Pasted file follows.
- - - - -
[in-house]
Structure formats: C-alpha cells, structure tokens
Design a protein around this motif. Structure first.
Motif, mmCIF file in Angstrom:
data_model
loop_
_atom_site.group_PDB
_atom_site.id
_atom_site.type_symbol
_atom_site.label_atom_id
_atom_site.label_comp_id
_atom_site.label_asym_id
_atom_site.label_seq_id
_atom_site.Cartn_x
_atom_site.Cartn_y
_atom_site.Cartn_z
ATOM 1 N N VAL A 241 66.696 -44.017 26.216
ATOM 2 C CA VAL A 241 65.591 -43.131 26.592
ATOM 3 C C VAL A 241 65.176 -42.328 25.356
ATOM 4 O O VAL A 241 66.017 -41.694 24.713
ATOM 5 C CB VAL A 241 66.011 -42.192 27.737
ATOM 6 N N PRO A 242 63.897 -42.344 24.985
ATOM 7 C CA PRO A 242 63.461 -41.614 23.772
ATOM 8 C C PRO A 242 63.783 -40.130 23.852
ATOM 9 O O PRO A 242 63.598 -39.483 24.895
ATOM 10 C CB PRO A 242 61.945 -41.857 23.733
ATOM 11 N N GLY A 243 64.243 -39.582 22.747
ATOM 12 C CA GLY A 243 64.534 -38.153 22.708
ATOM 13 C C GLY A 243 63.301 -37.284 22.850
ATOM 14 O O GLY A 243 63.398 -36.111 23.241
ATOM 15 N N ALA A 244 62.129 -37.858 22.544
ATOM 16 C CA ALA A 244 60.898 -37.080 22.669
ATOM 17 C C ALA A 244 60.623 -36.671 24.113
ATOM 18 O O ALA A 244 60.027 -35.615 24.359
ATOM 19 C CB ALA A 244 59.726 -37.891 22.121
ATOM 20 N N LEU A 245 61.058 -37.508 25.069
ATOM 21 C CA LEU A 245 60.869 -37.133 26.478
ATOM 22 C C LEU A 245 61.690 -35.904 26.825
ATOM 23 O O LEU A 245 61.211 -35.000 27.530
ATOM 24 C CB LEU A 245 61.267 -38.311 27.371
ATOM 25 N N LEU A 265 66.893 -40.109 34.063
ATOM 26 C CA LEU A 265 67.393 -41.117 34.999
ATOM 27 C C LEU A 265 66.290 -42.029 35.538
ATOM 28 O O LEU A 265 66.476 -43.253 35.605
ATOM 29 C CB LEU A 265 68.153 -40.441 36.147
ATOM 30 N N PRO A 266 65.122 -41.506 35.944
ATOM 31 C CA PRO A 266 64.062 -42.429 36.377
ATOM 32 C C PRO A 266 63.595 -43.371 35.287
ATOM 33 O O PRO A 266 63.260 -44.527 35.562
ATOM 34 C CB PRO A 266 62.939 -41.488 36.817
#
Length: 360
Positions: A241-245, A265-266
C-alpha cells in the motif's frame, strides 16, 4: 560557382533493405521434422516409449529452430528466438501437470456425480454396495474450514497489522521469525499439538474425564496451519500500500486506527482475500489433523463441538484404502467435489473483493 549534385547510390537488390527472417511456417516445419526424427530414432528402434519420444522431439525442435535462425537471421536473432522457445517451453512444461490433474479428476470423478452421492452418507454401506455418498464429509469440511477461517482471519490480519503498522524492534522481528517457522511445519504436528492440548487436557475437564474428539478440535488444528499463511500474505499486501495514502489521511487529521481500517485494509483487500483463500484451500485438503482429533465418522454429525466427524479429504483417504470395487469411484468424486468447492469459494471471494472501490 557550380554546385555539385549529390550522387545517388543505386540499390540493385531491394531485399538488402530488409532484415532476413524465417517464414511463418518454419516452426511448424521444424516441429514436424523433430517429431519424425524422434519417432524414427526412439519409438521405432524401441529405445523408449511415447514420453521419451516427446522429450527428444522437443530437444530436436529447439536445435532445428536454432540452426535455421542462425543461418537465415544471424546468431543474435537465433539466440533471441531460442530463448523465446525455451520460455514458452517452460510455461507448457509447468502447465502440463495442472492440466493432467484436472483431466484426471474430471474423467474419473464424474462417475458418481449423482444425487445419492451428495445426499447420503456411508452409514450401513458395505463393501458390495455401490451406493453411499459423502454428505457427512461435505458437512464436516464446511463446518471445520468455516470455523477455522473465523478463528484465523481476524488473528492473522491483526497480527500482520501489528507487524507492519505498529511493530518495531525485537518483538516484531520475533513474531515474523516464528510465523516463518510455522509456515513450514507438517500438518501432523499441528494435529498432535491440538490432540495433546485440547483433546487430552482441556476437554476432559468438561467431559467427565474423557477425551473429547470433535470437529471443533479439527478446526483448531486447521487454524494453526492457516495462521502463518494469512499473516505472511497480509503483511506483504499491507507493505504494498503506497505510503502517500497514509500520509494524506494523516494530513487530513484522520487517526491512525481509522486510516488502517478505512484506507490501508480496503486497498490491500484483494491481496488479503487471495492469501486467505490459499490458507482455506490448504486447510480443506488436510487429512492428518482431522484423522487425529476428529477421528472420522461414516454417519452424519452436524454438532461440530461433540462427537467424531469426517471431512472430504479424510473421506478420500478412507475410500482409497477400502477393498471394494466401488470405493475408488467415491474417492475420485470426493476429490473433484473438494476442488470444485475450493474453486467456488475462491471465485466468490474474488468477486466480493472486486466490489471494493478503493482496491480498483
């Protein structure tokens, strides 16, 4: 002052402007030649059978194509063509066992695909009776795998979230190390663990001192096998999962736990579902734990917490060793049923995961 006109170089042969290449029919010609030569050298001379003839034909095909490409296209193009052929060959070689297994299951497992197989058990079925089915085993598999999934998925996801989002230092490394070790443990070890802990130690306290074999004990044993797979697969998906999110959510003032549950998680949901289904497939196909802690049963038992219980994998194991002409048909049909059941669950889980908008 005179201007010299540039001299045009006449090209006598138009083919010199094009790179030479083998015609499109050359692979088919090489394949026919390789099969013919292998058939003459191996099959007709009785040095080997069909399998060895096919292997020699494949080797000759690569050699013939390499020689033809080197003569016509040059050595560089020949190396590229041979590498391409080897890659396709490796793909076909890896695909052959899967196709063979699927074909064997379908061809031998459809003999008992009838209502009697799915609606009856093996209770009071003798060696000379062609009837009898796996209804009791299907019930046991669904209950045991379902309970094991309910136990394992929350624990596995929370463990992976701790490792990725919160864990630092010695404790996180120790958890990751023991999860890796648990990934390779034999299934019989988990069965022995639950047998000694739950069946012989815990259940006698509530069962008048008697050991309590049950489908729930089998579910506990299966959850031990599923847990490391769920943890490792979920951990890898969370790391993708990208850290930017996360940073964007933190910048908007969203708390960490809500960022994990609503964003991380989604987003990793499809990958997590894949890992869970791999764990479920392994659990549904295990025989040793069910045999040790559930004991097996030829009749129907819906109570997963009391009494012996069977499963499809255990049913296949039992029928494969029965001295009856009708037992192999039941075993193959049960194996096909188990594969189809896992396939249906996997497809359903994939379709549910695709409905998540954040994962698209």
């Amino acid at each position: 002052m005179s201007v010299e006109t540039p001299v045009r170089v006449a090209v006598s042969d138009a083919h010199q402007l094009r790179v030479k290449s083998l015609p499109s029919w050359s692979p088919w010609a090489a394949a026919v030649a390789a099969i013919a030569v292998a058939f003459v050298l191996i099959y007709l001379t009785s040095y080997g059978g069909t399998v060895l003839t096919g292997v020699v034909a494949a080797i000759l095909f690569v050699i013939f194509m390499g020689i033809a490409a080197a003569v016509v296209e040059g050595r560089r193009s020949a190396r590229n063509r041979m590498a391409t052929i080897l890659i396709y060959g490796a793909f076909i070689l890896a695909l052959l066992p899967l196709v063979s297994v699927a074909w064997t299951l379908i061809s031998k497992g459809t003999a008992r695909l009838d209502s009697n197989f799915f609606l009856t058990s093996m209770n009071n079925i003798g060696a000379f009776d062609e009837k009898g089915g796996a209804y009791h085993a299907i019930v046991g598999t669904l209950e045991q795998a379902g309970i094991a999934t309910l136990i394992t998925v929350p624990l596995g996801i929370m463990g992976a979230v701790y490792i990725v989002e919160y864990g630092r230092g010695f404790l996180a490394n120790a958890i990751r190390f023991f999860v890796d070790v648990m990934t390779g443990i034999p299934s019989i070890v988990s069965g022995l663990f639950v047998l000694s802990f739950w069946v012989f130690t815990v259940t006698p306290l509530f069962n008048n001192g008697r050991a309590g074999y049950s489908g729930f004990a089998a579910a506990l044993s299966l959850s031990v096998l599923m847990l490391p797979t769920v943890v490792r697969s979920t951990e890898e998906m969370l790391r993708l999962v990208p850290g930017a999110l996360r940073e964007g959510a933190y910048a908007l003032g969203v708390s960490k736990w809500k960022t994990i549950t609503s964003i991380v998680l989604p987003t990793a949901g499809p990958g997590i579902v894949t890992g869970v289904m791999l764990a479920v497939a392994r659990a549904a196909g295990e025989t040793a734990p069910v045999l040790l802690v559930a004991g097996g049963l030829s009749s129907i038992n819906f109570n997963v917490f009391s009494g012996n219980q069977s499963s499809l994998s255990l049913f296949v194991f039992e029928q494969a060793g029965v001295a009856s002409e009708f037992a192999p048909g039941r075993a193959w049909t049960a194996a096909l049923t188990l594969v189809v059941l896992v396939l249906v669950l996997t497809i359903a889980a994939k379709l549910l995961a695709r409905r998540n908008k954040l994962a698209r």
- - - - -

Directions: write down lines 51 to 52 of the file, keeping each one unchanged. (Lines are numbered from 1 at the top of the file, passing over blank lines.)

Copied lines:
#
Length: 360